• Design inquiry-based science education (IBSE) activities for schools, building on the INQUIRE project , selecting, adapting and using established resources for environmental education in schools and botanic gardens relevant for native seeds and plants, both in formal and informal settings.
  • Take part to the local editions of the Researcher’s night, usually held in September, contributing with a stand to illustrate the benefits of grassland restoration using native seeds.
  • Playing the part of Marie Curie Ambassadors, carrying out day visits to local schools, introducing the project and demonstrating its benefit to society, using one of the IBSE activities designed earlier. These visits might include seed collecting days and seed sowing events that will also involve parents of pupils, to raise awareness of the importance of native seeds and of the research being carried out in NASSTEC.
  • Taking part in the Fame lab contest  to communicate NASSTEC research to the wider public. This contest aims at electing the brightest science communicator in each partner country, eventually reaching the European finals.
  • Hosting two-week school teacher placements in each partner lab during the summer break, providing local teachers with the opportunity to understand the research being carried out in partner institutions and raising awareness of the use of native flora among teachers and educators.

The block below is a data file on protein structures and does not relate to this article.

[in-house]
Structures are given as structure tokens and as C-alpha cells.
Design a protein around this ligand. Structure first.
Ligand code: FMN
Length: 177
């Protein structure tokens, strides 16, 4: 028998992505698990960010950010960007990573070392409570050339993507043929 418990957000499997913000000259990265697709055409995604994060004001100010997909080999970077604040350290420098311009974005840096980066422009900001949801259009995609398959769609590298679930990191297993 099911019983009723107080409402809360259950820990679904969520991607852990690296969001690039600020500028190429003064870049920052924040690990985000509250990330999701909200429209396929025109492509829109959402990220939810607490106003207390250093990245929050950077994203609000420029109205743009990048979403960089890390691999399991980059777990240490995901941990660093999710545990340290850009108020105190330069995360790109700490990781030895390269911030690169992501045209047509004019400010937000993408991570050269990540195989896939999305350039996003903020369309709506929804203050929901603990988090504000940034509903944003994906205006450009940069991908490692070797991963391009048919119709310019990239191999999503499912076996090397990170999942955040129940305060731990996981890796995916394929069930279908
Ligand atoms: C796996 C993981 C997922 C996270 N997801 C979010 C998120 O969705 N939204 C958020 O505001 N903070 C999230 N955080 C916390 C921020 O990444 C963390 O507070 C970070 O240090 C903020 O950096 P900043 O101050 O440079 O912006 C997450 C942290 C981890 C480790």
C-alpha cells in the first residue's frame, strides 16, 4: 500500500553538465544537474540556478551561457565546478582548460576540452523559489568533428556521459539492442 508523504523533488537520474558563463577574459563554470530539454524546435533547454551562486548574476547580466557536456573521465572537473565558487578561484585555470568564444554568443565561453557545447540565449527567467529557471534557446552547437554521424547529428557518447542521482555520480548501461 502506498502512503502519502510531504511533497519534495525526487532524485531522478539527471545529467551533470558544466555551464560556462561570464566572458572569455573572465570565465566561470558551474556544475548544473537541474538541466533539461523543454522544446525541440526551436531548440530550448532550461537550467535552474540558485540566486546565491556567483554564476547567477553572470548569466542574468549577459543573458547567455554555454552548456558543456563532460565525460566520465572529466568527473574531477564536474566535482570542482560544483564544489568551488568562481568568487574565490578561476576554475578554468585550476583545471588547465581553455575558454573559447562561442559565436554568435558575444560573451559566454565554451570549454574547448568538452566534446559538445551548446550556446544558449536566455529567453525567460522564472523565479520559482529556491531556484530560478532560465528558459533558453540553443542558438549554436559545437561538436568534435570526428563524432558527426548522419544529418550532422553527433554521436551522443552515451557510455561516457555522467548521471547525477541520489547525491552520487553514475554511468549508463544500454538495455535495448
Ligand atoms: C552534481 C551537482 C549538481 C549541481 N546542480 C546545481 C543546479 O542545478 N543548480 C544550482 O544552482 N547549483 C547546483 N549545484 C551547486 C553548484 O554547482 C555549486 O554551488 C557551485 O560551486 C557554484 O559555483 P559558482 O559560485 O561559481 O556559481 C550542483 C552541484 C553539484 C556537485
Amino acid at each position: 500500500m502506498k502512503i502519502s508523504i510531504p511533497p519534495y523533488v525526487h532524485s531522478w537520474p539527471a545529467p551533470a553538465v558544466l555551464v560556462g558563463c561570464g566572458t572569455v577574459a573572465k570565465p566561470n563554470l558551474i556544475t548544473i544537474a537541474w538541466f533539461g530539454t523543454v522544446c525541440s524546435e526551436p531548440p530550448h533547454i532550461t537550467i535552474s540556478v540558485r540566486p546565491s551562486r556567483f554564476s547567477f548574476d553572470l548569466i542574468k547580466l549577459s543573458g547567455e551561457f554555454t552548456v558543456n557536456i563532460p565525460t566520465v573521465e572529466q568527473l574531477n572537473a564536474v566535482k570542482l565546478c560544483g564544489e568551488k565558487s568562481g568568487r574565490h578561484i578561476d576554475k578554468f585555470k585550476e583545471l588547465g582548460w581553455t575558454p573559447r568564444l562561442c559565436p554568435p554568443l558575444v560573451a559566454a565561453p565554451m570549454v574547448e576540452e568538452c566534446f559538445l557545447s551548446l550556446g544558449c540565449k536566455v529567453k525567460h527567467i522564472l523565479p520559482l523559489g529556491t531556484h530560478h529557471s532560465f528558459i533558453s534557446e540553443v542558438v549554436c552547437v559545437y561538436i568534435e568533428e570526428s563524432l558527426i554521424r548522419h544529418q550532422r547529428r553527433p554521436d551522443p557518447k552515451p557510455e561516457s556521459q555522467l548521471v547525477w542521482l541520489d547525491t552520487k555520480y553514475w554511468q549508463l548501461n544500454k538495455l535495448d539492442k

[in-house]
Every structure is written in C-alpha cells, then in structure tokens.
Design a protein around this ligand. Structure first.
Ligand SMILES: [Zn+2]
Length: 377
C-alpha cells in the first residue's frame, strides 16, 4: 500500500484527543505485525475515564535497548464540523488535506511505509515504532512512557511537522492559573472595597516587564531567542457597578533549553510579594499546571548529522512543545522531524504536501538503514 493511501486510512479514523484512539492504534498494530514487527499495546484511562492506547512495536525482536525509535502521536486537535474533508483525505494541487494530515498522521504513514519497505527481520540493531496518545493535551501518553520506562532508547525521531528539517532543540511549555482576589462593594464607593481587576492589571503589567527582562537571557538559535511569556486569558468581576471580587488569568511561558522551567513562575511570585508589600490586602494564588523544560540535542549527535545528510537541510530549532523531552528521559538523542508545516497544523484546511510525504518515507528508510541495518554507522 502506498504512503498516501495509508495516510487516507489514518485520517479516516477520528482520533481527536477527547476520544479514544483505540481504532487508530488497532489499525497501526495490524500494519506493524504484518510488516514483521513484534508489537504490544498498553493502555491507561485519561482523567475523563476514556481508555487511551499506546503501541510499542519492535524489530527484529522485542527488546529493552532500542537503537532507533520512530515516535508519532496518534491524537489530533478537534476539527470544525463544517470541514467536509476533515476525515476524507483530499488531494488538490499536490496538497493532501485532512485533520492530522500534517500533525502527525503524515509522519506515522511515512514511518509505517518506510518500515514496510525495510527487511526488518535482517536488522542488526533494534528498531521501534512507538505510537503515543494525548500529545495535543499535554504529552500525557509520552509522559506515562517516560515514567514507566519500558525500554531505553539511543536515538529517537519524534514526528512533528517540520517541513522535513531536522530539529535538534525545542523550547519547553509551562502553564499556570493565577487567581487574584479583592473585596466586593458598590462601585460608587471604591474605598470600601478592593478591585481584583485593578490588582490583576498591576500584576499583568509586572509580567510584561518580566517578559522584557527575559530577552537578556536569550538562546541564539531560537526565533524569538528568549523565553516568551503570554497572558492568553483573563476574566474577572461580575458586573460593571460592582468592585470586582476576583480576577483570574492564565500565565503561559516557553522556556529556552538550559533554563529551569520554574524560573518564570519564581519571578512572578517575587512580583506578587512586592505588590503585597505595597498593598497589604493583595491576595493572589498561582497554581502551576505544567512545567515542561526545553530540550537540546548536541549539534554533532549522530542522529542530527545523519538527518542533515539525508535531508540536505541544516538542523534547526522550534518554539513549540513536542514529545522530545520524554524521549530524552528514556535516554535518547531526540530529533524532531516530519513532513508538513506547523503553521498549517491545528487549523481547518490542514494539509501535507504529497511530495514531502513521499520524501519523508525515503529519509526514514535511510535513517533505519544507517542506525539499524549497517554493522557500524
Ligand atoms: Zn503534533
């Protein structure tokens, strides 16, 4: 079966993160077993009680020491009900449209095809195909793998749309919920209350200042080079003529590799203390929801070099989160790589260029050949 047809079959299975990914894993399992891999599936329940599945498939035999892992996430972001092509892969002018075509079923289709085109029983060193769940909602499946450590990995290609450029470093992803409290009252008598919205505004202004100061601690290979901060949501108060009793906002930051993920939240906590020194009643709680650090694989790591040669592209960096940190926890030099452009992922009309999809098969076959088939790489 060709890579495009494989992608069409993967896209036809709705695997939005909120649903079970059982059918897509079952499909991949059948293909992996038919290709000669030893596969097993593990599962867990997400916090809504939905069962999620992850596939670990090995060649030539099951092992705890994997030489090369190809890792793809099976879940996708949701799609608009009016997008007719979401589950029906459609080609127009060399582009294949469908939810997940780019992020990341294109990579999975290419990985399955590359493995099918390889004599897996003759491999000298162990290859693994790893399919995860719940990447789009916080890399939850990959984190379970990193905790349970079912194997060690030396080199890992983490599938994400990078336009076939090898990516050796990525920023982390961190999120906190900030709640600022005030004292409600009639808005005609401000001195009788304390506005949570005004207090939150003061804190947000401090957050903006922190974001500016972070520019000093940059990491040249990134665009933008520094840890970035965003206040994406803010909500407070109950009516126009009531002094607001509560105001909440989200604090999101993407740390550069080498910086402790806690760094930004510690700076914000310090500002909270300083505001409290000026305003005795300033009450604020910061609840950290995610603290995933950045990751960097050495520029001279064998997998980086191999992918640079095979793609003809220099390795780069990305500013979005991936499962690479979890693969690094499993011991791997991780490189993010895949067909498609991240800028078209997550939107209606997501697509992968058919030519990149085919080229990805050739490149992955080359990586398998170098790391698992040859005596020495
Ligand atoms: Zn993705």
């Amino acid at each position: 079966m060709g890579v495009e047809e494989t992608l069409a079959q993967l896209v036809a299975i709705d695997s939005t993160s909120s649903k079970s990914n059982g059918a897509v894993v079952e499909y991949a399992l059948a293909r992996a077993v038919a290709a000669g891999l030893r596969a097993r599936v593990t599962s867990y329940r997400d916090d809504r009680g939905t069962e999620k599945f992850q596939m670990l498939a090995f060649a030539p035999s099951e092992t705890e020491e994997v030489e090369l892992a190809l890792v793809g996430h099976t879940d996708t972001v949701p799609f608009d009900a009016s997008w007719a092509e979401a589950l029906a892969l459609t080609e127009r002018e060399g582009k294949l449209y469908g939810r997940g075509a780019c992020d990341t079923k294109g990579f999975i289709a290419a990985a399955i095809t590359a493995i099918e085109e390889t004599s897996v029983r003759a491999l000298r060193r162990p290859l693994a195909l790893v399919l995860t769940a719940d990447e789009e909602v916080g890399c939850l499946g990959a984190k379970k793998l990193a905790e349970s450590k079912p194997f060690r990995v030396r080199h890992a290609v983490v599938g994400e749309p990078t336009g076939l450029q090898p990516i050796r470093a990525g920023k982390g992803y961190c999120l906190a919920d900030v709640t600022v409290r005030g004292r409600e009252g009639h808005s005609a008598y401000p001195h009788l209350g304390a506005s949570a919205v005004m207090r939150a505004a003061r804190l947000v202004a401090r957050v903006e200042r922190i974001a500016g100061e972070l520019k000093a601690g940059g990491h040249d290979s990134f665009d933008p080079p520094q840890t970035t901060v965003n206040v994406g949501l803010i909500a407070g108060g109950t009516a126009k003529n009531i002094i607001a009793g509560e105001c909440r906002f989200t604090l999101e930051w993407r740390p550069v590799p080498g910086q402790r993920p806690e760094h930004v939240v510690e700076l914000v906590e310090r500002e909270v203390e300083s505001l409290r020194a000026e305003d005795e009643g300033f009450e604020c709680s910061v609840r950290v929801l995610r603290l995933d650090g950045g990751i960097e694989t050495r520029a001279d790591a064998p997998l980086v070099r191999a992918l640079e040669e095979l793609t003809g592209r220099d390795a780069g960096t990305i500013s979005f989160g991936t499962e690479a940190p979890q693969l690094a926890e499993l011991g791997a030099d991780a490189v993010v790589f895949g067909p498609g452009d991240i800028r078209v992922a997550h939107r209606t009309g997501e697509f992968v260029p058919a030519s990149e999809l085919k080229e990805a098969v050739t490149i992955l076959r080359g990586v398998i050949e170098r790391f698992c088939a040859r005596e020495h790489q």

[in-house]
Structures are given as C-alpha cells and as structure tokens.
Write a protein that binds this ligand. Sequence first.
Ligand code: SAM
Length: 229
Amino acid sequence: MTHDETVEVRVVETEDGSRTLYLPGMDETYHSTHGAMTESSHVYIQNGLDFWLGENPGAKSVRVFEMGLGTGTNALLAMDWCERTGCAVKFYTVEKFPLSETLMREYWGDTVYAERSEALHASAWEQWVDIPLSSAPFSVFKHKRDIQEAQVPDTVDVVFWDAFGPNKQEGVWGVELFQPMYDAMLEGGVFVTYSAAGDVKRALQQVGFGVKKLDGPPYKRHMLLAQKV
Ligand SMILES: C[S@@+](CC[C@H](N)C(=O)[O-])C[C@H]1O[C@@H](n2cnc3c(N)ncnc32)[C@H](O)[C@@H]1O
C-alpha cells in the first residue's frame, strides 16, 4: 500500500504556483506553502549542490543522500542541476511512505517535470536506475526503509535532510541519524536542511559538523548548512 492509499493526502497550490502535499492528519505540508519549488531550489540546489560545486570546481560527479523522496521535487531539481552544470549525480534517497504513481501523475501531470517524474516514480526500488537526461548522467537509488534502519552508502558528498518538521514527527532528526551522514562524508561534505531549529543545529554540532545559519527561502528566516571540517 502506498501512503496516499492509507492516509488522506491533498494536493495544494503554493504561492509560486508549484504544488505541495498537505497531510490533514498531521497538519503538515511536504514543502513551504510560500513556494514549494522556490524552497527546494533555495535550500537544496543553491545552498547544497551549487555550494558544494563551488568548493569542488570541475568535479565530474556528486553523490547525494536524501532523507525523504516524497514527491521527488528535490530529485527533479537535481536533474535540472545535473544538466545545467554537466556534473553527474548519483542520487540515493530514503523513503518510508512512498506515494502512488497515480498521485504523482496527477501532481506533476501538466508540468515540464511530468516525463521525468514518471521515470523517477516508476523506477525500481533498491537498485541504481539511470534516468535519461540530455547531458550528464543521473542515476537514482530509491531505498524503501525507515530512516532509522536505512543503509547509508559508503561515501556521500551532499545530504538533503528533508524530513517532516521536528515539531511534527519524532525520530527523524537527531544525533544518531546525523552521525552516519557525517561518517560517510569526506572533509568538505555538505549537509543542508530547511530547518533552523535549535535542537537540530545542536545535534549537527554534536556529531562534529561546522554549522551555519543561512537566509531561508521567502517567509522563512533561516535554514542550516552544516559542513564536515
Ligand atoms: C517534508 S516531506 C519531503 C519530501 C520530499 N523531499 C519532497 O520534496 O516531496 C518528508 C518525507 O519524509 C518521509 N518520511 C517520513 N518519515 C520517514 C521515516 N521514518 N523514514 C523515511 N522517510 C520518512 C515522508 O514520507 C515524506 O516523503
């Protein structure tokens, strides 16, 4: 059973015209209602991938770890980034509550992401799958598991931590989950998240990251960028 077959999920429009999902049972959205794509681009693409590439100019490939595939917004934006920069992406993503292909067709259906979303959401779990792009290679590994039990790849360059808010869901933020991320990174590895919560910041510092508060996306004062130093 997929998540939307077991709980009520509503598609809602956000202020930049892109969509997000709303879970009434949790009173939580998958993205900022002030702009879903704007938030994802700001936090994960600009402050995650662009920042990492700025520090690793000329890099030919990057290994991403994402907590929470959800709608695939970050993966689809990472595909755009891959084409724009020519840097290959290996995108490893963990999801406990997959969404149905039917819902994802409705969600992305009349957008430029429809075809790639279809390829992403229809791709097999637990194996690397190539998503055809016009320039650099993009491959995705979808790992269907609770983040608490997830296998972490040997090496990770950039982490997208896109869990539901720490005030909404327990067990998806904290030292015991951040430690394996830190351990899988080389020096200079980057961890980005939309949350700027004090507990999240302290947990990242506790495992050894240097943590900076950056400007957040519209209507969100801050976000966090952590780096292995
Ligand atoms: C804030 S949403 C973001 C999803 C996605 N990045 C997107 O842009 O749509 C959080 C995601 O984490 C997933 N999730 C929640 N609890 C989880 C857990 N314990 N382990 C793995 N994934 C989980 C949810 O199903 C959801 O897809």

• Developing native flower bed displays in 5 key cities of the partner countries, celebrating NASSTEC with native seeds and wildflower grassland displays, showcasing the relevance of native biodiverse grasslands and its garden value.

NASSTEC - The long-term impact

NASSTEC ambitiously plans to make a long-term impact on plant conservation in Europe, increasing the competitiveness of human capital and ensuring that it is directed towards the development of a sustainable and dynamic European native seed industry capable of supplying the native seeds required for sustainable grassland restoration. The ultimate goal of NASSTEC is to stimulate a wider use of native seeds in grassland restoration at the European scale.

For further news and updates on the development of the project and its outputs check out

NASSTEC is funded by the European Union under FP7